How many revisions did this poem undergo? How much time elapsed between the first and final drafts?
I changed maybe four or five lines after the first draft. This poem came to me almost entirely as itself. Which rarely happens. And when it does, you know something is…working.
Do you believe in inspiration? How much of this poem was “received” and how much was the result of sweat and tears?
Sometimes you struggle with a poem for weeks and weeks and the poem never happens. And you abandon it. And as a result of having struggled—what I mean to say is, that struggle isn’t for nothing—something unlocks, a blockage clears, which allows you to write into something else entirely. Not the poem you were trying to write. But a different one. That’s what happened with “This Is Not A Personal Poem.” I had been trying to write a love poem, and I wrote something new, in a different voice, something that surprised me.
How did this poem arrive at its final form? Did you consciously employ any principles of technique?
I don’t know, but thank god for my iPhone right? And thank god for the internet. I had to google those Ashbery and Plath lines on my phone, in that dressing room, to make sure I was remembering them correctly. And then I was led to a different line of Plath’s than the one I had originally intended to use. A better line. So, the internet helped me write this poem. I would like to thank the internet.
Was there anything unusual about the way in which you wrote this poem?
Well I don’t really expect to make art while I’m shopping. But this is America. Anything’s possible.
How long after you finished this poem did it first appear in print?
Craig Teicher accepted it for publication in The Literary Review in the summer of 2012 and it was published in early 2013. I’m grateful to him. Like I said, this is my favorite poem I’ve written.
How long do you let a poem “sit” before you send it off into the world? Do you have any rules about this or does your practice vary with every poem?
It depends on the poem. The last six months I’ve been writing what I feel are different poems for me and it’s taken a while to figure out that voice. It’s taken a while to even come up with titles for those poems. So I’ve been letting them sit and then I read them over once in a while and add something here or take away something there and then let them sit some more. But I’m very impatient. So I’m surprised that I’ve been able to do this.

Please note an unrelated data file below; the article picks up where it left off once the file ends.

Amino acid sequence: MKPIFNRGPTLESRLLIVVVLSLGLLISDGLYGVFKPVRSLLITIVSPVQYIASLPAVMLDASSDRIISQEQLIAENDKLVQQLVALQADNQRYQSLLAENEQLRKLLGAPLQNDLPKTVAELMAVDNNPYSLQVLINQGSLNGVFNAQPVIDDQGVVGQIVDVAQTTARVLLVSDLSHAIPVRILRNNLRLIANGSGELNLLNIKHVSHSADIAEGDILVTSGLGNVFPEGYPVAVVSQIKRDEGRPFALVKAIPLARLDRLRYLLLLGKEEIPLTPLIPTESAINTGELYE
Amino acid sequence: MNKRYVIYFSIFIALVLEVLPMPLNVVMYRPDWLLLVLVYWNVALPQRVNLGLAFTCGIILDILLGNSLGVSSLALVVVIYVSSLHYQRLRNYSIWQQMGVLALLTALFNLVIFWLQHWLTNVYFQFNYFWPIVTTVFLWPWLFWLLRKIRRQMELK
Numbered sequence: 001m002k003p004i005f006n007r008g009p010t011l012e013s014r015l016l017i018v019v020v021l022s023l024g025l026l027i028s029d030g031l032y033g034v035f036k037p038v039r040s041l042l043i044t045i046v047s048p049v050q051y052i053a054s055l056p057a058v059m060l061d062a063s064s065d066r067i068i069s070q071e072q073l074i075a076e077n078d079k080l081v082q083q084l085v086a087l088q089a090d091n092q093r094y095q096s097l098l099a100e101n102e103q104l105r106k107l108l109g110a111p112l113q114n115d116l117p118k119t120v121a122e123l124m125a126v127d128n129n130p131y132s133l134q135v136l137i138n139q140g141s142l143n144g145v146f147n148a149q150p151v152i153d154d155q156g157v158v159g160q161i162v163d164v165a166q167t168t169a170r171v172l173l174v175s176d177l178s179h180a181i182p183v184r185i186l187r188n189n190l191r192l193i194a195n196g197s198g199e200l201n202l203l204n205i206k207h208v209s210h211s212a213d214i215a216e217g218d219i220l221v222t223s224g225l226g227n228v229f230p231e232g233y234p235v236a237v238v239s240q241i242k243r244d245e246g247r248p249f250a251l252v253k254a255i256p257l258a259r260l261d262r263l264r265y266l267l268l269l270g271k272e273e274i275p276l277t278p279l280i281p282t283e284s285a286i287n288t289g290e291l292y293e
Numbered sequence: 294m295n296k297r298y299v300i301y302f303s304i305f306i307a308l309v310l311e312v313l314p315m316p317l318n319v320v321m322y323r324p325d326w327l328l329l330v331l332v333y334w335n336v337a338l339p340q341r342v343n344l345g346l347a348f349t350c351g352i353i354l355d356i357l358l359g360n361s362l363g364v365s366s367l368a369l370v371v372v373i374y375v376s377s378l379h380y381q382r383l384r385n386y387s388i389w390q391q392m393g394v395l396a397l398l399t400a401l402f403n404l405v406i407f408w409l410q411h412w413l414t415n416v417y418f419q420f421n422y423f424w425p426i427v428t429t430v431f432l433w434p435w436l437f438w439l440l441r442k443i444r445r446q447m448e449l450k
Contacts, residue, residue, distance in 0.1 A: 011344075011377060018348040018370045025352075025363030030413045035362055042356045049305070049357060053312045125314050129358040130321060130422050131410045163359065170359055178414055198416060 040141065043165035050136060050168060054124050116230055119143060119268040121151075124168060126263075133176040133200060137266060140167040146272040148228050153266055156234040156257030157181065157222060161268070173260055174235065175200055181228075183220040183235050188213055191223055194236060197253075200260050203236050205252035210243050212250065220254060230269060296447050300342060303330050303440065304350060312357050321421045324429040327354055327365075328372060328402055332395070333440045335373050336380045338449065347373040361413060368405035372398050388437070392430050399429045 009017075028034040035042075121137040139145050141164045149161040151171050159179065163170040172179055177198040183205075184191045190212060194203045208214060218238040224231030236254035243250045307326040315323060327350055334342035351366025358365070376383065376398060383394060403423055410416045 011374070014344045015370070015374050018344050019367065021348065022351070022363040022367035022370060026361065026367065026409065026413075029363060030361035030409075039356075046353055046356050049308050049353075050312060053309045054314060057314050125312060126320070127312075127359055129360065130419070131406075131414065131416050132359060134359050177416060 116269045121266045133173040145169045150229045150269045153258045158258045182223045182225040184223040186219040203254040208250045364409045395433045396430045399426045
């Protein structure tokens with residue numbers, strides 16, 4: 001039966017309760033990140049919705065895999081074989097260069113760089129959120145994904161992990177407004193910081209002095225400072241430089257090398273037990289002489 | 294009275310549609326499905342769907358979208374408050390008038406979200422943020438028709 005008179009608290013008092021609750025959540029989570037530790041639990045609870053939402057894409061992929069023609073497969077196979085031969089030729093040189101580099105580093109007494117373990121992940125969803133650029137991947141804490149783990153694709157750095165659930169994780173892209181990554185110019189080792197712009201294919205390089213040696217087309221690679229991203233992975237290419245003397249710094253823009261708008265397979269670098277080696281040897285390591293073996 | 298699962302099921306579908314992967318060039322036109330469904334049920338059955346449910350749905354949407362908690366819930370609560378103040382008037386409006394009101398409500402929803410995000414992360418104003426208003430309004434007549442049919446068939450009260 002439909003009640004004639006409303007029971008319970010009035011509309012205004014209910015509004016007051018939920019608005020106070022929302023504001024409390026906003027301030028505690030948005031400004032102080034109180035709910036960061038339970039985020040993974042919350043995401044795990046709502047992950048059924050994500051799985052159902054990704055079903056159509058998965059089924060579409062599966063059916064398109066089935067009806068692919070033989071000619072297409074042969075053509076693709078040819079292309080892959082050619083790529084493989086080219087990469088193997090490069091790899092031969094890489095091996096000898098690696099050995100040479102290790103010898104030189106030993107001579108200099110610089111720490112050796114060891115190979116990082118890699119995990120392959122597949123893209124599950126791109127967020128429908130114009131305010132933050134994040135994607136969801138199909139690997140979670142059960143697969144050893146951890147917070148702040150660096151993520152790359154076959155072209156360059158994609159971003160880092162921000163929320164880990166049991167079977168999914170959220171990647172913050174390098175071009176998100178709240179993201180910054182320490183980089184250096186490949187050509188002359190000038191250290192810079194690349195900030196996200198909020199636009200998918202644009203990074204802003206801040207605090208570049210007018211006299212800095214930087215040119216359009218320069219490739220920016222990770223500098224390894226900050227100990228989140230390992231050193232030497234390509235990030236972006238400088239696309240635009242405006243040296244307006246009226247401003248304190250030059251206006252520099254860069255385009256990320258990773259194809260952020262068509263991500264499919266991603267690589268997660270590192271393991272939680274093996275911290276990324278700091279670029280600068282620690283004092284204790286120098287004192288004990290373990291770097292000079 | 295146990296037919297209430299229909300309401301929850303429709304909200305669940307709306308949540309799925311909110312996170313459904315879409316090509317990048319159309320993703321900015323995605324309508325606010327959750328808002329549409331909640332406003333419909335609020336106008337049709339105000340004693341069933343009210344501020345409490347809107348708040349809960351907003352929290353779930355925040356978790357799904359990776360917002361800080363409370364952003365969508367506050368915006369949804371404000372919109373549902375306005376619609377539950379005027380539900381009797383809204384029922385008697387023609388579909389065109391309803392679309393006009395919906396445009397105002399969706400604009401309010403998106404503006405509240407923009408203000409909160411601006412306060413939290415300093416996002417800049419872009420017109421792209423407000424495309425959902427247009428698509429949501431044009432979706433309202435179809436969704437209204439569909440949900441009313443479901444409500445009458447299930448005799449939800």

Could you talk about fact and fiction and how this poem negotiates the two?
There’s so much more than fact and fiction. Everything in between the two is more interesting. And fact and fiction don’t really exist as pure entities. So who cares.
Is this a narrative poem?
No, it’s a personal poem. Everything in it is true. It came from my real life.
Do you remember who you were reading when you wrote this poem? Any influences you’d care to disclose?
I was listening to Elvis Presley and collecting jpgs of Paul Thek paintings.
Do you have any particular audience in mind when you write, an ideal reader?
Well sure, I’d like Hillary Clinton and Justin Bieber to read my poems.
Did you let anyone see drafts of this poem before you finished it? Is there an individual or a group of individuals with whom you regularly share work?
No one saw drafts of this poem. Sometimes I send drafts to Jameson Fitzpatrick and Soren Stockman. They’re both studying poetry in NYU’s Graduate Creative Writing program right now and I think they’re fantastic poets. But it’s more for the purpose of sharing. We share poems with each other. It’s not a workshop or anything. I can’t wait for both of their first books whenever they come out.
How does this poem differ from other poems of yours?
It’s like when Warhol started painting the electric chairs, you know? Something different happened.
What is American about this poem?
Everything I hope.
Was this poem finished or abandoned?
I don’t know but it was a party and it didn’t really care who came. Ashbery came and Sylvia Plath and Alex Dimitrov. That’s what I love about this poem.